It’s also important to involve your child’s teacher. Tell them about your child’s excessive talking and share any strategies you’ve found helpful when working on this symptom.

Problem-Solve With Your Child

The next thing to do is sit down with your child when they are fairly focused and amenable to talking and problem-solving. Address the talking/blurting out issue with them and come up with a plan to reduce the excessive talking. Your child may be interested in setting up a reward system to help motivate this change in behavior.

Together with your child, come up with a signal you can give them to help increase their awareness of the times when they are talking too much—perhaps the signal could be you placing your hand on their shoulder as a reminder to stop when they are going on and on.

A physical signal like touching their shoulder is often stronger than a visual signal like a finger to the lips, but you may want to try using both signals together. It might help if you pair the signal with self-talk. In other words, when you place your hand on their shoulder or your finger to their lips, your child says, either out loud or in their head, “I need to stop myself from talking right now” or something similar.

This self-talk can often be very helpful, especially for kids with ADHD who tend to lag a bit in their ability to use self-talk to guide their behaviors. You’ll need to provide a lot of modeling, feedback, and guidance to help them to develop this skill.5

Strengthen Social Skills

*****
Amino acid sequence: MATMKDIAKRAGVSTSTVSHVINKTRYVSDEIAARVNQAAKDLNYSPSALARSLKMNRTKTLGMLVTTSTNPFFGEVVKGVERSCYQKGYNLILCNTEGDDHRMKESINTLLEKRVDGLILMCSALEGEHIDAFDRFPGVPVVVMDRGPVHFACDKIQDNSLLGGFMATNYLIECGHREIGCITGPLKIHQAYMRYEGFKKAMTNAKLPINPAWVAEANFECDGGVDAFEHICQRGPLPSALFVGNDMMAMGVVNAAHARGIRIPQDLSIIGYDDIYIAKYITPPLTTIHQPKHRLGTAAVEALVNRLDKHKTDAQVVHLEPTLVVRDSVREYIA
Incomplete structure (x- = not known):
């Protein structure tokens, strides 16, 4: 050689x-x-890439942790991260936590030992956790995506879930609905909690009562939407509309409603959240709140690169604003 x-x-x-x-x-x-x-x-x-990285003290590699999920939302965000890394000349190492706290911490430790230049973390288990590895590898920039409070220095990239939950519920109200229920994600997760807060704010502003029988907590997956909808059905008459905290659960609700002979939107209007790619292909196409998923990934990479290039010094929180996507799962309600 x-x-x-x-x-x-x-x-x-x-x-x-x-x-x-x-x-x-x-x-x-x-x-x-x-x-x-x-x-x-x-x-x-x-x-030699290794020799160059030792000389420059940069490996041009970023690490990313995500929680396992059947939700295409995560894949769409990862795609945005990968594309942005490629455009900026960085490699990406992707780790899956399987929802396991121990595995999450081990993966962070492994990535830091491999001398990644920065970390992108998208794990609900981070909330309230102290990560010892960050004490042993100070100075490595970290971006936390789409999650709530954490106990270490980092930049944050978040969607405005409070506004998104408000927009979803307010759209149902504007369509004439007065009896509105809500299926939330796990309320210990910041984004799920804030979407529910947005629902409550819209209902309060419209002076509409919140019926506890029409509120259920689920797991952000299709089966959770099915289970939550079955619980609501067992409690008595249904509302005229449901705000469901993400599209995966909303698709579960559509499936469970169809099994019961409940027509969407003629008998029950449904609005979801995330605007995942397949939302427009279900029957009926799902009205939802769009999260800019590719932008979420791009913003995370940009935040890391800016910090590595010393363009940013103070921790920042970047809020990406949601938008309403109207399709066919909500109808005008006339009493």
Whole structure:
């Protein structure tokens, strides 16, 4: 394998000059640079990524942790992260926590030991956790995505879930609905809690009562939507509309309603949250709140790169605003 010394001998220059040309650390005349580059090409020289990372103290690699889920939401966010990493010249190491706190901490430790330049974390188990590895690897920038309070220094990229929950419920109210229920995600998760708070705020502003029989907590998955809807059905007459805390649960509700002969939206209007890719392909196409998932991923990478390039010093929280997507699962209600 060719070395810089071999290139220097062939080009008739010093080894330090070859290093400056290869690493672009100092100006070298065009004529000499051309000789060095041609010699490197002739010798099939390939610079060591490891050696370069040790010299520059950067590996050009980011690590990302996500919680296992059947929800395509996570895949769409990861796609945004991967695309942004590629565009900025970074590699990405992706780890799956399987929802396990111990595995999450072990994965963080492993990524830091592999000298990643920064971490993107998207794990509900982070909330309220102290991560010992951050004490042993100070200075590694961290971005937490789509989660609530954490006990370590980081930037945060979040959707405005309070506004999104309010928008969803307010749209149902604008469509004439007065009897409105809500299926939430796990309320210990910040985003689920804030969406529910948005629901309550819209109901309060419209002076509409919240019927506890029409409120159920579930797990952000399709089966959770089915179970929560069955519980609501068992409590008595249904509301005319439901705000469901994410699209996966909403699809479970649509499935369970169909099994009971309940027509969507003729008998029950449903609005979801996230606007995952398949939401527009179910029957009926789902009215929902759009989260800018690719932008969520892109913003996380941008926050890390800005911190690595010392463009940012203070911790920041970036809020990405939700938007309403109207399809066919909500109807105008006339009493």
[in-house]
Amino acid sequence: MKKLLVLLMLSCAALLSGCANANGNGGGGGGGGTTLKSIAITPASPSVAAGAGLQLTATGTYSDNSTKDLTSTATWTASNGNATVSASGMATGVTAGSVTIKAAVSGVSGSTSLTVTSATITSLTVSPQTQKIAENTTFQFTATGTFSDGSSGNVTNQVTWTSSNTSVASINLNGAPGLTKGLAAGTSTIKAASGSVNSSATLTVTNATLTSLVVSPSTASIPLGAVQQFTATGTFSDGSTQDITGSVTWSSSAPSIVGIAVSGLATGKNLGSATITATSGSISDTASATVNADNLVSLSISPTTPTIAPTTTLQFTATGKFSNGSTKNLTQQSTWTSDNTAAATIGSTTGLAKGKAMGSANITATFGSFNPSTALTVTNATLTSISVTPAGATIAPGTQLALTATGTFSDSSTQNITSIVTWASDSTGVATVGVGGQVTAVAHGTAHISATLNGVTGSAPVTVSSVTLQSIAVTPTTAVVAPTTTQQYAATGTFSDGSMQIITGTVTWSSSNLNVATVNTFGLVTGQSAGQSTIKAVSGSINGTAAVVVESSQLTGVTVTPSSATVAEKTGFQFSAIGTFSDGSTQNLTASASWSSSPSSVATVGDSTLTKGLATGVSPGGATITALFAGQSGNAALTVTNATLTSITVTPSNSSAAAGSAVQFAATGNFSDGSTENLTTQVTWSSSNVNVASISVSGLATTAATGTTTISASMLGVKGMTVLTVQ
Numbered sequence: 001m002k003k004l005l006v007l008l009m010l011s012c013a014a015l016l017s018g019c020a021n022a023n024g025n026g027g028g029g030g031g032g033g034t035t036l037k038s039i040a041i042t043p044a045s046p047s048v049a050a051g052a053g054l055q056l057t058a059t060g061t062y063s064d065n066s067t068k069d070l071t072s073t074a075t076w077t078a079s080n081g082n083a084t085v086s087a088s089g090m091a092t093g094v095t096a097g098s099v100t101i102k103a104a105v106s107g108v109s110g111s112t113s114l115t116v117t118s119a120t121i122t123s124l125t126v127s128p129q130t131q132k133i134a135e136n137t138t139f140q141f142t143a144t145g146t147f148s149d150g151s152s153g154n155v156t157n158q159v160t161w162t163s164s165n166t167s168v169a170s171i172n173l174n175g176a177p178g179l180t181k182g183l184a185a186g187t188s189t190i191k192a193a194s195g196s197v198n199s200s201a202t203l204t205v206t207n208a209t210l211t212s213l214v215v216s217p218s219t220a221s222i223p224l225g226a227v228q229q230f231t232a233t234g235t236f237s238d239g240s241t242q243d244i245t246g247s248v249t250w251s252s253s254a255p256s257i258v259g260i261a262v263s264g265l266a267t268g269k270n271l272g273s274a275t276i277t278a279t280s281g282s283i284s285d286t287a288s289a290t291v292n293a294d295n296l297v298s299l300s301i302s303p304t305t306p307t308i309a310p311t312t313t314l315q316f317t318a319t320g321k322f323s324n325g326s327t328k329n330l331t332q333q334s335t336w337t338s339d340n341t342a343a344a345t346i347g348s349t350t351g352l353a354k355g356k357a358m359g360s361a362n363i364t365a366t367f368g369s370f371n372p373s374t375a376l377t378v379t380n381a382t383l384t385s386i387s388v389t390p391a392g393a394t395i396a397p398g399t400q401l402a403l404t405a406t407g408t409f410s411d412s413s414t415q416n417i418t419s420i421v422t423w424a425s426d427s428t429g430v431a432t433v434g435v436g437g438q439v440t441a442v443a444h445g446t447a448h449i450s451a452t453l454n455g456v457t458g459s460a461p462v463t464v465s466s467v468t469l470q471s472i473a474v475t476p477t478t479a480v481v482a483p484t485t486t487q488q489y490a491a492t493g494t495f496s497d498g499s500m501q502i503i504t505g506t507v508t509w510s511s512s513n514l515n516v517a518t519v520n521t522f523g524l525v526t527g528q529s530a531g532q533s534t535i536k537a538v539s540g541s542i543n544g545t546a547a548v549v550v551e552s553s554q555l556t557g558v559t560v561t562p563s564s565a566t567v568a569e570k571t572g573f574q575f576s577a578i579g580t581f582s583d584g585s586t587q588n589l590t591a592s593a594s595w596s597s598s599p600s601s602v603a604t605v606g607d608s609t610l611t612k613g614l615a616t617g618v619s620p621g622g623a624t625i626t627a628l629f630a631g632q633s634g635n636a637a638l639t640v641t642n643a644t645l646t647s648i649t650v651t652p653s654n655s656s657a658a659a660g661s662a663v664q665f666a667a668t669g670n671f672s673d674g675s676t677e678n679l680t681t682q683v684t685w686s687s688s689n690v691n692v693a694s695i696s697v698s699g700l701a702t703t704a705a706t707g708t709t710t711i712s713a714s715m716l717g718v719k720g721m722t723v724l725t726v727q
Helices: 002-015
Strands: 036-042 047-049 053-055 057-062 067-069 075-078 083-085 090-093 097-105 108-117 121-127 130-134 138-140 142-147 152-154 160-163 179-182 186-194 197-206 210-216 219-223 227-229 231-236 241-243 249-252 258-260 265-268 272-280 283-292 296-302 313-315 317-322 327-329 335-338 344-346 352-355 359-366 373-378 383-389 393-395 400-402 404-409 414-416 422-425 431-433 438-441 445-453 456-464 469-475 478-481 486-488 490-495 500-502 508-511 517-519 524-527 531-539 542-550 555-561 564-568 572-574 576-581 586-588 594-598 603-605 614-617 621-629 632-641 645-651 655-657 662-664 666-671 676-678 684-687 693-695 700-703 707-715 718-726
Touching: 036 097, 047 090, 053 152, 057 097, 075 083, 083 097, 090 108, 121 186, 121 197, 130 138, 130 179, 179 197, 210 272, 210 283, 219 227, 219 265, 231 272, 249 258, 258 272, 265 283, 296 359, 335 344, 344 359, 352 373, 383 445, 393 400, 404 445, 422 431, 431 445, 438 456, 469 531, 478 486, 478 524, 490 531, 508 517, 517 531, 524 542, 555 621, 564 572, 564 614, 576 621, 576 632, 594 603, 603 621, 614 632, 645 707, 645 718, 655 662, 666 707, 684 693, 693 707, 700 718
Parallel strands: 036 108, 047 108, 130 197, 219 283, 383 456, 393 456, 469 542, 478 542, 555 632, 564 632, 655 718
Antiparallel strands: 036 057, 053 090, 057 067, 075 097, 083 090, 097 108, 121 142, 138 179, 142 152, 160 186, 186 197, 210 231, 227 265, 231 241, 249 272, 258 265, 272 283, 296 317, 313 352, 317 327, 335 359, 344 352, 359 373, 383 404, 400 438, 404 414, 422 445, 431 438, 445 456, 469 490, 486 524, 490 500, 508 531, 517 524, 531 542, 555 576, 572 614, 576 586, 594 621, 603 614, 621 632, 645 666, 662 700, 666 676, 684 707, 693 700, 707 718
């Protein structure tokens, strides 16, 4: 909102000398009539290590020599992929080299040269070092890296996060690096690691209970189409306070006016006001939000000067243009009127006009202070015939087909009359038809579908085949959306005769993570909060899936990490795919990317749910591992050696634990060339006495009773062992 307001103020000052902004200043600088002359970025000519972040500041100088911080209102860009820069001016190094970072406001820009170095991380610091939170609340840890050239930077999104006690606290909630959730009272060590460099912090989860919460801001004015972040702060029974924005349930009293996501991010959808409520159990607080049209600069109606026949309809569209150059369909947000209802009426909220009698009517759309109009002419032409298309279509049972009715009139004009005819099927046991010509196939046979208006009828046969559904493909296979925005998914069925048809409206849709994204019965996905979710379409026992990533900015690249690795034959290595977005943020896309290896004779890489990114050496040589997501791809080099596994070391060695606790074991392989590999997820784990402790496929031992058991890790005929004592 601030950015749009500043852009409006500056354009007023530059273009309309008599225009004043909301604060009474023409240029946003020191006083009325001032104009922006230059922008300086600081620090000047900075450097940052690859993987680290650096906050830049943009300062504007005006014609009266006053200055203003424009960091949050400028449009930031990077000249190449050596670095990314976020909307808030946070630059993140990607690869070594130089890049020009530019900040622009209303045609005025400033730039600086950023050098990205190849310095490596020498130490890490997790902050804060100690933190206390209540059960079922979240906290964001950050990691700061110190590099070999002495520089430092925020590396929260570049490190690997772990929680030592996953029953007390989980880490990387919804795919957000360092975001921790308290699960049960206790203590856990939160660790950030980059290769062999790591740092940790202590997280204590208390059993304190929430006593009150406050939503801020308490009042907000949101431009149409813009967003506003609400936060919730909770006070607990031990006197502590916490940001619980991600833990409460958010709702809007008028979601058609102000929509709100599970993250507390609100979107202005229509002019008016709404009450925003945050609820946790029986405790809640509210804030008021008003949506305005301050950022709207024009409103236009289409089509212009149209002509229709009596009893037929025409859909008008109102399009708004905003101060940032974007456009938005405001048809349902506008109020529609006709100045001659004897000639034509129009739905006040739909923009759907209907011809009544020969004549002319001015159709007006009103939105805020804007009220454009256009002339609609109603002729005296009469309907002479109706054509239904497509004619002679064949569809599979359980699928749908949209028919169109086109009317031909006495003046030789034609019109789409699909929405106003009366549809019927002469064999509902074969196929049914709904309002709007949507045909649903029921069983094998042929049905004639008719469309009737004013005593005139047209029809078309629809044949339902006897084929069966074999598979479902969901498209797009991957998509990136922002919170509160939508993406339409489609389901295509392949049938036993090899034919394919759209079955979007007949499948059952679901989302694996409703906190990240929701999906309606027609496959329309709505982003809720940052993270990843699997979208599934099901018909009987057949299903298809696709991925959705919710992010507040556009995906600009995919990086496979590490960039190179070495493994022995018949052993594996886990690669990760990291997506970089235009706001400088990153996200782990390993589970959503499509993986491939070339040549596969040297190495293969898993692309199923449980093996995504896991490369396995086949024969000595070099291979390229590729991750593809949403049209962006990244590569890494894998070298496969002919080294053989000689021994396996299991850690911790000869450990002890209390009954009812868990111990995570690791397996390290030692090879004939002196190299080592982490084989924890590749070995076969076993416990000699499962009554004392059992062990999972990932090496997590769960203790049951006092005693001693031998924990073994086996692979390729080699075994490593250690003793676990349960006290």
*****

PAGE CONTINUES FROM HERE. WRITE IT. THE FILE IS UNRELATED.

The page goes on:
Unfortunately, excessive talking can make it hard for kids with ADHD to make and keep friends and be accepted within a larger peer group. When your child is young, you’ll likely need to play the role of “friendship coach,” as you carefully plan playdates and activities that will create opportunities for friendship development.

Prior to these get-togethers, review and practice some of the basics that can help shape good social skills, including taking turns in conversations, listening, showing interest in the other child, and speaking in a normal tone of voice. Your child’s teacher (and coach or another adult caregiver) can also play a role in social skills training.

How to Quell Inappropriate Comments

For situations in which your child blurts out inappropriate things, teach them how to delay their response by counting to five before making comments, and then practice, practice, practice. This is another new skill that will require a lot of modeling and assistance from you.

Also, it is important to give your child frequent and immediate feedback about their behavior and let them know what they are doing well. Words of praise combined with strong incentives can be very powerful in motivating a change in behavior.

In summary, talking too much can be challenging for children, parents, and teachers alike, so helping kids learn to manage this symptom will help reduce stress for everyone. Luckily, there are treatment options, including medications and therapies, as well as coping strategies that can help you and your family curb excessive talking and prevent it from interfering with your child’s school and social life.

I hope you find this article helpful as well as interesting.

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A Public Speaker and Freelancer who is Interested in Writing articles relating to Personal Development, Love and Marriage.